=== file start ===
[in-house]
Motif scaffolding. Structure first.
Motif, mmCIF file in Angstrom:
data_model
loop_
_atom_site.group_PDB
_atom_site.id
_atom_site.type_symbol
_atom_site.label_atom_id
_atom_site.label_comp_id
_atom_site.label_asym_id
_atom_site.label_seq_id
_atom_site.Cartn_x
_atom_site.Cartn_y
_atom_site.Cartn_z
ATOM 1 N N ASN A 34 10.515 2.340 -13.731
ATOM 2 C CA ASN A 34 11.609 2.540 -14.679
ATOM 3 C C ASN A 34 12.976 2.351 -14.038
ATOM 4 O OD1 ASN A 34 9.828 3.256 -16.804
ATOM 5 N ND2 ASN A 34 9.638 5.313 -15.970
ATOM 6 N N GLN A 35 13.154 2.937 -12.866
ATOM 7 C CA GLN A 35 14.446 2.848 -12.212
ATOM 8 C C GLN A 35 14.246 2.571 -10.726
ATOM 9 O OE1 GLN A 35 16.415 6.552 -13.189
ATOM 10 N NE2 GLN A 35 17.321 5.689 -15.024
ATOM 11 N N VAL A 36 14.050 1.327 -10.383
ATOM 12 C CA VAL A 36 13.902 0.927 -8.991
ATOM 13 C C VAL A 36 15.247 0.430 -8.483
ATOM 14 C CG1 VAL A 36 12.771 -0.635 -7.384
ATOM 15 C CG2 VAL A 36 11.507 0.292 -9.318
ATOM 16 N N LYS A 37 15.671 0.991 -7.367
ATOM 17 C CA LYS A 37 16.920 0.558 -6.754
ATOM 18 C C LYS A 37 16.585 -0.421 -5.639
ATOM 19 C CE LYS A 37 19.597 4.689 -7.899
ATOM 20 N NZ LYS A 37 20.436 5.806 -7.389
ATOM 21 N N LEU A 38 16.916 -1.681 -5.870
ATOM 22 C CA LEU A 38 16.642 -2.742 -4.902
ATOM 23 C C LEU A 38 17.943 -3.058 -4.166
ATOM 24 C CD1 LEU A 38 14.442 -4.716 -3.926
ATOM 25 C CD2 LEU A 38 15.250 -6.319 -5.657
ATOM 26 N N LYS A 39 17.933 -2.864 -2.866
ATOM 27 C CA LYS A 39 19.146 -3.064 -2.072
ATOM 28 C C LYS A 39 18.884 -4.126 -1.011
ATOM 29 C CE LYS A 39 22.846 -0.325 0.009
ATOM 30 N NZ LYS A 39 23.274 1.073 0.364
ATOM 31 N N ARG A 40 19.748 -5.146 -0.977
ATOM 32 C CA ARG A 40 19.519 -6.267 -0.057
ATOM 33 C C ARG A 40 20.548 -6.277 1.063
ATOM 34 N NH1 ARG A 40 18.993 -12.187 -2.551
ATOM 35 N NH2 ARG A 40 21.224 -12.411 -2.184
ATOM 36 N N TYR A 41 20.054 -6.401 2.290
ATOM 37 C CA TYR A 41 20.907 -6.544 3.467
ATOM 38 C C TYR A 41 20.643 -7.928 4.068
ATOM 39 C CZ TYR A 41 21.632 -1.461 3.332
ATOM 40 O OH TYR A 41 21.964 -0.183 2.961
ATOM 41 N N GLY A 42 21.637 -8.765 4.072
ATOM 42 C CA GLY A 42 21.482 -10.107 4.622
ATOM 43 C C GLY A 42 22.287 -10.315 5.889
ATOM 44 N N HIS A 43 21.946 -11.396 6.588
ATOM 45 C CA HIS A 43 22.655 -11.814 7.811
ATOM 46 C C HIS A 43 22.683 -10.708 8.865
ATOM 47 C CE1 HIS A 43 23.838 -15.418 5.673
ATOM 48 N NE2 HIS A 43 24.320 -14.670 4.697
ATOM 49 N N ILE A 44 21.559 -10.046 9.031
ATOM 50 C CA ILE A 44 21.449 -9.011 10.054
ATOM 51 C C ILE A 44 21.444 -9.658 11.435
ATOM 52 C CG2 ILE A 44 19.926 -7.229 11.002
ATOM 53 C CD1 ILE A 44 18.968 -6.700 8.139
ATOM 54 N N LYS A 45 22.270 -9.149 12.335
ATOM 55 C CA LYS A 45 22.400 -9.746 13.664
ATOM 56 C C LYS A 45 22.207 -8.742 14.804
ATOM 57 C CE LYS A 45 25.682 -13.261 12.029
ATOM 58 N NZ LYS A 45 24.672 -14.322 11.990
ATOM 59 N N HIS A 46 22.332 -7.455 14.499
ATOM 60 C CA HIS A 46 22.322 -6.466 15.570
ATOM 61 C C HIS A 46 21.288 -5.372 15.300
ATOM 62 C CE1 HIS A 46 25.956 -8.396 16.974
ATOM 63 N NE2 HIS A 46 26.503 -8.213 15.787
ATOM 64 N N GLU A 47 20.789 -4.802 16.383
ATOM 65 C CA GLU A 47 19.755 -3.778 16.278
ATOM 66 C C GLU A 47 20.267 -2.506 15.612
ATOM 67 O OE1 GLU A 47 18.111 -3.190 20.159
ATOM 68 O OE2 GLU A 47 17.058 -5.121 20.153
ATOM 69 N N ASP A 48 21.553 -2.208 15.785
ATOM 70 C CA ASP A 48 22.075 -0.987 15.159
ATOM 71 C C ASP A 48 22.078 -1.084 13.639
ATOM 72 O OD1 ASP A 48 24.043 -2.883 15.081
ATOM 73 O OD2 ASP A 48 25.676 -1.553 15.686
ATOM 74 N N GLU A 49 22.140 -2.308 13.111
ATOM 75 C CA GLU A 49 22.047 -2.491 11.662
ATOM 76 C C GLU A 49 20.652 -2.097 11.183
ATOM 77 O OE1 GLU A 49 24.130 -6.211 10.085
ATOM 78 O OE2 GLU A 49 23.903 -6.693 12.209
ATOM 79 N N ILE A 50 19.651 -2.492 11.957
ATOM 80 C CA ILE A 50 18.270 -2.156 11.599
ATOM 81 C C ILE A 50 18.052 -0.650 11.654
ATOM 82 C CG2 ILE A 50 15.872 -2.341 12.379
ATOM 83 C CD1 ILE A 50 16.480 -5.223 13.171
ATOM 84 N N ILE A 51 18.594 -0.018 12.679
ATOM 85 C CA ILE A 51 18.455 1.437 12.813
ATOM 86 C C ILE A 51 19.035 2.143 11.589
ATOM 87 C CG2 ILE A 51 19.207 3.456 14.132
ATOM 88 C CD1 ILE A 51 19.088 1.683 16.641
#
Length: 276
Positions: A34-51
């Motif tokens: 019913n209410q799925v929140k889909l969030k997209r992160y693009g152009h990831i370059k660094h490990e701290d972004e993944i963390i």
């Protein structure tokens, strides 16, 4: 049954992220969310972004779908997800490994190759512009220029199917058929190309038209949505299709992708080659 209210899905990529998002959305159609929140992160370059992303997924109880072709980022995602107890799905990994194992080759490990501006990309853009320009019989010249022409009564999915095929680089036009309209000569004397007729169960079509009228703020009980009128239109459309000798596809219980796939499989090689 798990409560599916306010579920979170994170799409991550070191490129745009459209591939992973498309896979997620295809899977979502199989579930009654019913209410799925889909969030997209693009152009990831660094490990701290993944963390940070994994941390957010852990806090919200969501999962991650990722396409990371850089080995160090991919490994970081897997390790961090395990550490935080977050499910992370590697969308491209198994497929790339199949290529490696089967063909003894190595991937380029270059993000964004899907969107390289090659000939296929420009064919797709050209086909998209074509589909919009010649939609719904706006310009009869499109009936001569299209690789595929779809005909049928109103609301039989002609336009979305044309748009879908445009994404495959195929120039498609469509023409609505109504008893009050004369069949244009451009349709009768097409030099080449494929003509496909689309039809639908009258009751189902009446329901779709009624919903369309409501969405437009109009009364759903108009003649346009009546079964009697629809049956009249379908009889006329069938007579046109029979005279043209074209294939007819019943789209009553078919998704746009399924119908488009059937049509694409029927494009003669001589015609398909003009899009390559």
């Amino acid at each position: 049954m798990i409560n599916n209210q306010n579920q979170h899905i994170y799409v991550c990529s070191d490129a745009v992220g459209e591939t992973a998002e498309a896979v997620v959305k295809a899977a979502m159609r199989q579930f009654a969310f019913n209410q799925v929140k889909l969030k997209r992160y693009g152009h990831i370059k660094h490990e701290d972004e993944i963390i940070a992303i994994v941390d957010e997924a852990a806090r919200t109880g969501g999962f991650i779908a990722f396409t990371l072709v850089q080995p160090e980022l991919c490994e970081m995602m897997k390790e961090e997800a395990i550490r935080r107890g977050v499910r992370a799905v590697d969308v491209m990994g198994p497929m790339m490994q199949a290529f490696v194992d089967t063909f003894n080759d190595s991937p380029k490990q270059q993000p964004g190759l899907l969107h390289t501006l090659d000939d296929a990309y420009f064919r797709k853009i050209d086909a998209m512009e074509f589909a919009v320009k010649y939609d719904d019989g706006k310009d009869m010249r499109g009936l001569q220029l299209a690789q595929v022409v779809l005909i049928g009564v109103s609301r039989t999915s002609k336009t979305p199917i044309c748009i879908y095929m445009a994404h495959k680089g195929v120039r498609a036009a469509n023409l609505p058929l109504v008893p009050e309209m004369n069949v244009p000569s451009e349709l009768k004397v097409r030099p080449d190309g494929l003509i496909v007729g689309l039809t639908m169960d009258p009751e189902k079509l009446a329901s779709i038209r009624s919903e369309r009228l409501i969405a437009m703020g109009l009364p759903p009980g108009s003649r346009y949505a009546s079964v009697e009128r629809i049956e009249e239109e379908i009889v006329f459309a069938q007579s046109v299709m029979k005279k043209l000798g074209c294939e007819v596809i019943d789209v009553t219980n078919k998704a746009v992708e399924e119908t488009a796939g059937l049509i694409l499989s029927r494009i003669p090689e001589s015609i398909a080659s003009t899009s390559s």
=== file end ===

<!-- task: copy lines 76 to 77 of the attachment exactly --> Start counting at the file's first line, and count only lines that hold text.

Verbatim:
ATOM 61 C C HIS A 46 21.288 -5.372 15.300
ATOM 62 C CE1 HIS A 46 25.956 -8.396 16.974